Let me know when that tide's coming in won't you

Let me know when that tide's coming in won't you

Friday 26 April 2024

Summer Migrants

It's that time again! I popped to one of my favourite places last week on the hunt for some of our Summer migrants, and I was delighted to be able to catch up with a few of them. The numbers are still a bit thin on the ground, but I'm hoping that it is still early in the season and that more will follow. Pied Flycatchers were the first to be located in their usual spot, but only two males around at the moment and no sign of the females. 

One or two Redstarts were singing and then finally located feeding along a wall. A Tree Pipit was also singing and parachuting down to it's favoured tree, and it's song echoed across the valley. Willow Warblers were singing everywhere and were by far the most common migrant in song. Lovely to have them all back and hopefully I will be catching up with them many more times before they once again depart our shores.

Pied Flycatcher

Common Redstart

Willow Warbler

Tree Pipit

Wednesday 17 April 2024

Cattle Egret - Redemsere

A bird dropped in to Redesmere recently (two in fact) that does not usually. I have seen Great White Egret and Little Egrets here, but never the smaller cousin, the Cattle Egret. Last year there were a few hanging around locally with the cattle herd, and I managed to see them, but it was really unexpected to see this pair. Due to the very wet weather of late, most fields here are turning in to marshland and so providing different opportunities to passing birds. It's my only explanation as to why they turned up here. All the same, it was great to see them and even the sun shone so I could get some better shots.

Cattle Egret

Thursday 11 April 2024


A cold Spring day along the Holkham fresh marsh, and there was plenty to be seen. Brent geese were in good numbers, and there were plenty of waterfowl. Ruff seemed to appear out of thin air, as every time I turned round there were more. Egyptian Geese were making one hell of a racket, and one pair seemed to be nest building high up in the pines.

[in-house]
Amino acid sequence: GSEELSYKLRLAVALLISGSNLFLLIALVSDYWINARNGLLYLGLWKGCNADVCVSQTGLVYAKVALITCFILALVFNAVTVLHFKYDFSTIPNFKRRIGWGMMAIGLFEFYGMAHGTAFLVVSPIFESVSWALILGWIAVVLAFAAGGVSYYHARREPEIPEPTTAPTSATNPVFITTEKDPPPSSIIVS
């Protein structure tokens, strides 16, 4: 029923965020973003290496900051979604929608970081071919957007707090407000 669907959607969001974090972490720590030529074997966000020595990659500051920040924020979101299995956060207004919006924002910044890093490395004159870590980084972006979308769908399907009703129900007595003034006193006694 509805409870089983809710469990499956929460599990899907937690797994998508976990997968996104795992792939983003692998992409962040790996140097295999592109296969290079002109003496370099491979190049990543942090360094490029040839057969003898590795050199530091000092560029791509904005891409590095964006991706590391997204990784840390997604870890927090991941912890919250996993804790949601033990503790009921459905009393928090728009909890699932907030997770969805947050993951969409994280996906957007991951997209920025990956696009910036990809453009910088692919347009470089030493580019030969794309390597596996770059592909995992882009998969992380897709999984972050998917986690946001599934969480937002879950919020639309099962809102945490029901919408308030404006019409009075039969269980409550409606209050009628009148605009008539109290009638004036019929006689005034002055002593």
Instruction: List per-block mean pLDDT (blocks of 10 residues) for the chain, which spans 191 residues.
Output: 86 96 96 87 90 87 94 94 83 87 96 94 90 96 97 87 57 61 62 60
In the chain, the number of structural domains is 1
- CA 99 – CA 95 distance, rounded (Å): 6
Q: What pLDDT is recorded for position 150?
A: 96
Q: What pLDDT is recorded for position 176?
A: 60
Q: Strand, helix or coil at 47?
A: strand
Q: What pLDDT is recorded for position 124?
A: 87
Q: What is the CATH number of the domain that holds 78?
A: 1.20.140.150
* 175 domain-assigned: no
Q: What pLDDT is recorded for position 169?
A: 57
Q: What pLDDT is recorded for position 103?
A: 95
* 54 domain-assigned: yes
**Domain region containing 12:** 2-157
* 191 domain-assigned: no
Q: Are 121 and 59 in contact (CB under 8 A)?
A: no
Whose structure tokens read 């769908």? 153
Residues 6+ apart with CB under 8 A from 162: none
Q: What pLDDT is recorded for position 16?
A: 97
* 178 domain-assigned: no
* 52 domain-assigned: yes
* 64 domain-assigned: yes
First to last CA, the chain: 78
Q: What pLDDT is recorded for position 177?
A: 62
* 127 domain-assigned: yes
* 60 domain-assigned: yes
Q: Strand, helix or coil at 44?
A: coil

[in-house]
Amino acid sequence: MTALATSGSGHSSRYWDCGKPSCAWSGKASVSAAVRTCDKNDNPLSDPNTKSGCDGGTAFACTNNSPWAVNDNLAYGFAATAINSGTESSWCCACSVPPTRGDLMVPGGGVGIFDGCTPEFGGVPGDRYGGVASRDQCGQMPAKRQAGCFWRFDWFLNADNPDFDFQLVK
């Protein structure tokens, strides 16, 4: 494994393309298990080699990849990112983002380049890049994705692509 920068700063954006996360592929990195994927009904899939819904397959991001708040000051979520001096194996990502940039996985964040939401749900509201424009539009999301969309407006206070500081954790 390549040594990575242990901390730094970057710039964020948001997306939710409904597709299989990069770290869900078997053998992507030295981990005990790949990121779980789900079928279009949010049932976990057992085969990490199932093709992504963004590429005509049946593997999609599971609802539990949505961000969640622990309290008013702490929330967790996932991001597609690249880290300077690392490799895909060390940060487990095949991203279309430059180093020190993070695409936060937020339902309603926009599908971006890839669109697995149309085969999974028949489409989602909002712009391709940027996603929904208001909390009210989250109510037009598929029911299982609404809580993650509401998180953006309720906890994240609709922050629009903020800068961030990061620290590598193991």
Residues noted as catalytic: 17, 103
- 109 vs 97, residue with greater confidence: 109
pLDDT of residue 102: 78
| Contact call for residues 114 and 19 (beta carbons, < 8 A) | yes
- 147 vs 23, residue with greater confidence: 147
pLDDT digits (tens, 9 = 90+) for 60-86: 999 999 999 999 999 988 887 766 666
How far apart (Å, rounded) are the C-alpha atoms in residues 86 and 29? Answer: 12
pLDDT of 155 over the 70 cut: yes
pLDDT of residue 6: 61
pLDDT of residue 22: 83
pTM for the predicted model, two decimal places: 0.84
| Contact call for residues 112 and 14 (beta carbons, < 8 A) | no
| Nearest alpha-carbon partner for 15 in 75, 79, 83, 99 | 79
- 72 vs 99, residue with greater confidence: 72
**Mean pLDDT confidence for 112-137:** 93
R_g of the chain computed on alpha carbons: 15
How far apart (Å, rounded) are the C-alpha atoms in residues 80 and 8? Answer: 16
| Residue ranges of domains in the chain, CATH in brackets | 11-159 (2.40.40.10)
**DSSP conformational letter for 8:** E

On the beach and shoreline, a handful of Sanderling were scuttling about whilst being ably supported in numbers by the loud calling Oystercatchers. Although the sun was out, like many walks at Holkham, it was very much on the cold side.

Brent Goose (dark-bellied)

Egyptian Goose, and a few Ruff.

The lovely Sanderling at the waters edge.

 A pair of Wigeon on the marsh.

Sunday 7 April 2024

Migration Time

A couple of weeks ago, I headed up into the hills and moors above Macclesfield, as I often do at this time of year, in search of some early migrant activity. As other birds seemed to be about a week ahead of schedule on previous years I took the gamble and went looking for Ring Ouzel. It was cold up there, and what seemed like a long wait and search of about 15 minutes paid dividends. A lovely male Ring Ouzel was feeding below on the rocky slopes. These birds are really special to watch and I'm so fortunate to be able to view them each year. Hopefully this one pairs up and manages to breed successfully.

Male Ring Ouzel

A supporting cast of Wheatears, and Meadow Pipits were nice to have as company and the Wheatear is such a handsome photogenic bird, as it hops along and poses nicely on mounds, rocks or fence posts. I counted at least 3, but it was hard to keep up as they were constantly moving around .
This amazing male was good enough to pose not too far away from me.